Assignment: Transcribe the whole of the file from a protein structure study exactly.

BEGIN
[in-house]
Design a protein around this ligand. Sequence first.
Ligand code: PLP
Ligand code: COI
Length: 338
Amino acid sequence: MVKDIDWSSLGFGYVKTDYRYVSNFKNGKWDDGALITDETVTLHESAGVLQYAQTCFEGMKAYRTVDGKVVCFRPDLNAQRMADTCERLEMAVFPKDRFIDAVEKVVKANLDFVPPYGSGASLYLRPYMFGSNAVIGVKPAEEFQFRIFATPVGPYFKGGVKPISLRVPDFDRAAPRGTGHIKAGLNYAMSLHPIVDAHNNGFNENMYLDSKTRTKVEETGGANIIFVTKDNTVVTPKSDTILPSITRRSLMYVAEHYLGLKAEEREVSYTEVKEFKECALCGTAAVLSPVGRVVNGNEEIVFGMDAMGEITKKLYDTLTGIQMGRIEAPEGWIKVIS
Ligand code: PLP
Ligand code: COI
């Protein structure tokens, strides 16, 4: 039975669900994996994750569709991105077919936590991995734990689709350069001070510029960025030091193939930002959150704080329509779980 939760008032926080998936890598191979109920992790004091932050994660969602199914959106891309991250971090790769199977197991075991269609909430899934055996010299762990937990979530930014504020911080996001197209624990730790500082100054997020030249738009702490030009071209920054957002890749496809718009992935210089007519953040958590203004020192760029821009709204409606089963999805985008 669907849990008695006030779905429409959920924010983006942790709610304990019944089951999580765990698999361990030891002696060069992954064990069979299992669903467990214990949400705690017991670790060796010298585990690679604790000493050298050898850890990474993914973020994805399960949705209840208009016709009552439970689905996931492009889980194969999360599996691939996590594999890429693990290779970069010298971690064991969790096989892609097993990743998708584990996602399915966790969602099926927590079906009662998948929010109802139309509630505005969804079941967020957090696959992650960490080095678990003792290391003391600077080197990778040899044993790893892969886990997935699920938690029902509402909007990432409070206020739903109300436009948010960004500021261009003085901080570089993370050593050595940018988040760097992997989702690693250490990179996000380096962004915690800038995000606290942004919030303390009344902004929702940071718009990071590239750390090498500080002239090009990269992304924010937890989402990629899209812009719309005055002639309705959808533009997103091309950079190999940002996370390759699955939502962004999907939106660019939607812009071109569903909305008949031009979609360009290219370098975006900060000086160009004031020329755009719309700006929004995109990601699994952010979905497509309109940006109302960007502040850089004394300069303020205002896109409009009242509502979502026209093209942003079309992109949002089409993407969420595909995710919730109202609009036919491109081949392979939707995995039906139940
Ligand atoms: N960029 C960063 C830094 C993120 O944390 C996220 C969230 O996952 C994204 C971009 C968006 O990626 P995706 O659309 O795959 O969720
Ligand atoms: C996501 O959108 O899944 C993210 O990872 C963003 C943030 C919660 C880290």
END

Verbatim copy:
[in-house]
Design a protein around this ligand. Sequence first.
Ligand code: PLP
Ligand code: COI
Length: 338
Amino acid sequence: MVKDIDWSSLGFGYVKTDYRYVSNFKNGKWDDGALITDETVTLHESAGVLQYAQTCFEGMKAYRTVDGKVVCFRPDLNAQRMADTCERLEMAVFPKDRFIDAVEKVVKANLDFVPPYGSGASLYLRPYMFGSNAVIGVKPAEEFQFRIFATPVGPYFKGGVKPISLRVPDFDRAAPRGTGHIKAGLNYAMSLHPIVDAHNNGFNENMYLDSKTRTKVEETGGANIIFVTKDNTVVTPKSDTILPSITRRSLMYVAEHYLGLKAEEREVSYTEVKEFKECALCGTAAVLSPVGRVVNGNEEIVFGMDAMGEITKKLYDTLTGIQMGRIEAPEGWIKVIS
Ligand code: PLP
Ligand code: COI
């Protein structure tokens, strides 16, 4: 039975669900994996994750569709991105077919936590991995734990689709350069001070510029960025030091193939930002959150704080329509779980 939760008032926080998936890598191979109920992790004091932050994660969602199914959106891309991250971090790769199977197991075991269609909430899934055996010299762990937990979530930014504020911080996001197209624990730790500082100054997020030249738009702490030009071209920054957002890749496809718009992935210089007519953040958590203004020192760029821009709204409606089963999805985008 669907849990008695006030779905429409959920924010983006942790709610304990019944089951999580765990698999361990030891002696060069992954064990069979299992669903467990214990949400705690017991670790060796010298585990690679604790000493050298050898850890990474993914973020994805399960949705209840208009016709009552439970689905996931492009889980194969999360599996691939996590594999890429693990290779970069010298971690064991969790096989892609097993990743998708584990996602399915966790969602099926927590079906009662998948929010109802139309509630505005969804079941967020957090696959992650960490080095678990003792290391003391600077080197990778040899044993790893892969886990997935699920938690029902509402909007990432409070206020739903109300436009948010960004500021261009003085901080570089993370050593050595940018988040760097992997989702690693250490990179996000380096962004915690800038995000606290942004919030303390009344902004929702940071718009990071590239750390090498500080002239090009990269992304924010937890989402990629899209812009719309005055002639309705959808533009997103091309950079190999940002996370390759699955939502962004999907939106660019939607812009071109569903909305008949031009979609360009290219370098975006900060000086160009004031020329755009719309700006929004995109990601699994952010979905497509309109940006109302960007502040850089004394300069303020205002896109409009009242509502979502026209093209942003079309992109949002089409993407969420595909995710919730109202609009036919491109081949392979939707995995039906139940
Ligand atoms: N960029 C960063 C830094 C993120 O944390 C996220 C969230 O996952 C994204 C971009 C968006 O990626 P995706 O659309 O795959 O969720
Ligand atoms: C996501 O959108 O899944 C993210 O990872 C963003 C943030 C919660 C880290």